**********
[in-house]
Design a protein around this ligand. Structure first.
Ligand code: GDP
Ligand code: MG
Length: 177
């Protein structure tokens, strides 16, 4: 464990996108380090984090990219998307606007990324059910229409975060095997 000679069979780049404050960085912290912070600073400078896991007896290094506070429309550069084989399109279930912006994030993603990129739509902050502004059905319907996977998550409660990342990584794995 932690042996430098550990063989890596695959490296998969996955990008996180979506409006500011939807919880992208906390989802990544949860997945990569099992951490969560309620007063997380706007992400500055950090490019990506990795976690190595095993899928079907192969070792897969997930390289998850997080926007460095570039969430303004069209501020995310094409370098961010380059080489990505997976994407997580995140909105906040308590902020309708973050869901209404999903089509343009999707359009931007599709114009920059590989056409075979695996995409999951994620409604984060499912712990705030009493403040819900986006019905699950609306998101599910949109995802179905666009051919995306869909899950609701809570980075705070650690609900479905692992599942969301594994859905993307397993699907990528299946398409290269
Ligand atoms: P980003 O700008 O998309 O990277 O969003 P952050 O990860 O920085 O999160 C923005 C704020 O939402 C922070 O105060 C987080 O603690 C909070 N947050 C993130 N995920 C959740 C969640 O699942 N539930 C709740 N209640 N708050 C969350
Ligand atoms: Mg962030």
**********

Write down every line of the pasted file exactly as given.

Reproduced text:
[in-house]
Design a protein around this ligand. Structure first.
Ligand code: GDP
Ligand code: MG
Length: 177
């Protein structure tokens, strides 16, 4: 464990996108380090984090990219998307606007990324059910229409975060095997 000679069979780049404050960085912290912070600073400078896991007896290094506070429309550069084989399109279930912006994030993603990129739509902050502004059905319907996977998550409660990342990584794995 932690042996430098550990063989890596695959490296998969996955990008996180979506409006500011939807919880992208906390989802990544949860997945990569099992951490969560309620007063997380706007992400500055950090490019990506990795976690190595095993899928079907192969070792897969997930390289998850997080926007460095570039969430303004069209501020995310094409370098961010380059080489990505997976994407997580995140909105906040308590902020309708973050869901209404999903089509343009999707359009931007599709114009920059590989056409075979695996995409999951994620409604984060499912712990705030009493403040819900986006019905699950609306998101599910949109995802179905666009051919995306869909899950609701809570980075705070650690609900479905692992599942969301594994859905993307397993699907990528299946398409290269
Ligand atoms: P980003 O700008 O998309 O990277 O969003 P952050 O990860 O920085 O999160 C923005 C704020 O939402 C922070 O105060 C987080 O603690 C909070 N947050 C993130 N995920 C959740 C969640 O699942 N539930 C709740 N209640 N708050 C969350
Ligand atoms: Mg962030």